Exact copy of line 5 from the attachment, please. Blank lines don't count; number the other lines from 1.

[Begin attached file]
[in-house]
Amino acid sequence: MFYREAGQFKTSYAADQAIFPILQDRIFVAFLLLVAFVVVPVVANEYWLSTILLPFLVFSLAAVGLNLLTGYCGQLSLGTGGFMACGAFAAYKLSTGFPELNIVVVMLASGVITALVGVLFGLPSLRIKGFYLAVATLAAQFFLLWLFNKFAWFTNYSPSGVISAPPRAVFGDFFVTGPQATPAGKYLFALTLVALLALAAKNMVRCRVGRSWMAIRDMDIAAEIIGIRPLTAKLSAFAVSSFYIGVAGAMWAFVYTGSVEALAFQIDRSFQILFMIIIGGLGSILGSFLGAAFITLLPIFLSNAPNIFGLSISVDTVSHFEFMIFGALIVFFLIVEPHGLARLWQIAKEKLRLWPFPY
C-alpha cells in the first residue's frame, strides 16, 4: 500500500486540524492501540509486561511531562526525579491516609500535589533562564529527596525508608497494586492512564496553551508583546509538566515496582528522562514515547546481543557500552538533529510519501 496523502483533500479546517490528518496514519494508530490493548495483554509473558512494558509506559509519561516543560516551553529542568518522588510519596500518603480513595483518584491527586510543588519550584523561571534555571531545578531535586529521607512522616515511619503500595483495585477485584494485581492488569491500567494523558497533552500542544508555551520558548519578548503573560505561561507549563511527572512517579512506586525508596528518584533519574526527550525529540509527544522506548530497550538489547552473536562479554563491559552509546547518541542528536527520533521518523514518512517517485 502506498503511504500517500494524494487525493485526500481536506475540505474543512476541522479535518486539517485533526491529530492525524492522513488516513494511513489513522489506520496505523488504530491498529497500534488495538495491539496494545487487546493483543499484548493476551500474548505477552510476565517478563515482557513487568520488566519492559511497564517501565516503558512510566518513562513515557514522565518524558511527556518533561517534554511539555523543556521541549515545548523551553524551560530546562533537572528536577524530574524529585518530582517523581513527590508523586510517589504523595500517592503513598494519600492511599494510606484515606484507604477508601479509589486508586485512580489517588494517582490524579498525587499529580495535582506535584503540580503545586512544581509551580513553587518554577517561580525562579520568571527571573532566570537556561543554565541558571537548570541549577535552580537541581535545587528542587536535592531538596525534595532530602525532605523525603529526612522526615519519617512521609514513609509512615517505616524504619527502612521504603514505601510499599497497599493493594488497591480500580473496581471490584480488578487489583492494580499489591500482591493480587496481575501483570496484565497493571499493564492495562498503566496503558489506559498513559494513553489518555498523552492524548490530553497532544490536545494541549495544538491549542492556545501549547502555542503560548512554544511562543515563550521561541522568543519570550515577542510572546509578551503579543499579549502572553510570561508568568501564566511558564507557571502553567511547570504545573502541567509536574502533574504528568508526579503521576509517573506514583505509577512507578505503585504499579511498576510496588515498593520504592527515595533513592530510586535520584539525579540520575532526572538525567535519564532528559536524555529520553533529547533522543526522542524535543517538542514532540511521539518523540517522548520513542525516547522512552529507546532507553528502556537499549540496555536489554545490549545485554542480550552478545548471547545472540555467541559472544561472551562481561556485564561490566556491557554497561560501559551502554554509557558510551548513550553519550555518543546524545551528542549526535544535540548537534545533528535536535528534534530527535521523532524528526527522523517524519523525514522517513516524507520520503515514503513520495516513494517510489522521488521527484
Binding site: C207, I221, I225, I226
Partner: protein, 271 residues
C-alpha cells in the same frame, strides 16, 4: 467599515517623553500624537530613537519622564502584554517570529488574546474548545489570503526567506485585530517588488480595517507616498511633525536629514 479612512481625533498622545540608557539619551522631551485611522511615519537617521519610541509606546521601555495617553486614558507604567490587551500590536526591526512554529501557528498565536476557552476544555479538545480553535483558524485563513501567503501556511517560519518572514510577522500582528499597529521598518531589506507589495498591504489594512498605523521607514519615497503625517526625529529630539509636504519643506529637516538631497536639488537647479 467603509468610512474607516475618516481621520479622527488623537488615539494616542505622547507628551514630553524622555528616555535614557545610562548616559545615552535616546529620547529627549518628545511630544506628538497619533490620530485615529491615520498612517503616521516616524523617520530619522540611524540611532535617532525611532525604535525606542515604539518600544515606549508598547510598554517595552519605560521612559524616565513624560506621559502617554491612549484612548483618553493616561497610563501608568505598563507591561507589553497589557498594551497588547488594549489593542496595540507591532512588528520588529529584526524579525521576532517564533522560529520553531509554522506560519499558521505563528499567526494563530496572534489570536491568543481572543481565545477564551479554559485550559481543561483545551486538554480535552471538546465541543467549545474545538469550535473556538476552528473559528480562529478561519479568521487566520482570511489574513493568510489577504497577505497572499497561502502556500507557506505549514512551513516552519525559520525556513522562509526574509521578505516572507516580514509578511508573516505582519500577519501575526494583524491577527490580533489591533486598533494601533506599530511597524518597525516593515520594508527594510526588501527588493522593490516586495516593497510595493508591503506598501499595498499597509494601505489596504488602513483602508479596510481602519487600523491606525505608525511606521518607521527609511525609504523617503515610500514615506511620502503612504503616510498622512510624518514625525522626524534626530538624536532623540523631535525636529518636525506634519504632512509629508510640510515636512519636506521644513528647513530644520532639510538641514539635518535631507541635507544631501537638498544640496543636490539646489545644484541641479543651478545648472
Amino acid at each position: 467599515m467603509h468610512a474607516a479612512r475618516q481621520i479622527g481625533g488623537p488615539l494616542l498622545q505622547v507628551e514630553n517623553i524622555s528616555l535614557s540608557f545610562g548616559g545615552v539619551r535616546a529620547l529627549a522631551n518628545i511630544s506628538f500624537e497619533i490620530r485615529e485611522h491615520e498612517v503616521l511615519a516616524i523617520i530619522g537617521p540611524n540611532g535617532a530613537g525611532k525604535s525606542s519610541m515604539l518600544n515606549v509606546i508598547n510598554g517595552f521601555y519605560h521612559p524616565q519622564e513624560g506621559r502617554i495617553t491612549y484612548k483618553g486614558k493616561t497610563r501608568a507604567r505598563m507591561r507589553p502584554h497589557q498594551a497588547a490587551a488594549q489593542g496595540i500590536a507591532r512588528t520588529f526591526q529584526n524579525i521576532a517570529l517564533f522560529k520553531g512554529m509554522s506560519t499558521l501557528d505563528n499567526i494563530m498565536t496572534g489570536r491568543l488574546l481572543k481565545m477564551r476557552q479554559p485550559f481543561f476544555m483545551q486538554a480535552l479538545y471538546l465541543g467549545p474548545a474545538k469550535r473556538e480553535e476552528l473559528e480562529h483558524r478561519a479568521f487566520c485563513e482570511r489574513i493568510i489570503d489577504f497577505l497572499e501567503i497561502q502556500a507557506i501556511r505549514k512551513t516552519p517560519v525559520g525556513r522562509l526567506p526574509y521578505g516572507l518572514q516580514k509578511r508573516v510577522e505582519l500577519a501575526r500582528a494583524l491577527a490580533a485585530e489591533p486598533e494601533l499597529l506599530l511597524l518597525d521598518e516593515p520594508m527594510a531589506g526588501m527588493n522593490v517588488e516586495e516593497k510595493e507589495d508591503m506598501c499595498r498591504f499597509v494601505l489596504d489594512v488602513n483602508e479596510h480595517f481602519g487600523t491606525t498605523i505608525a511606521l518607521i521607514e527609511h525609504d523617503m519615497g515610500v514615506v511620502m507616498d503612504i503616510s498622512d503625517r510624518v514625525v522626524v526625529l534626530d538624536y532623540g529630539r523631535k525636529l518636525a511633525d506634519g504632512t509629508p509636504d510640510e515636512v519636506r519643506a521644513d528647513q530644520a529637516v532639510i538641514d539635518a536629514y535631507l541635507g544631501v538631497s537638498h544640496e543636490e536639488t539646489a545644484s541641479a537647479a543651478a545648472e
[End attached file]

Partner: protein, 271 residues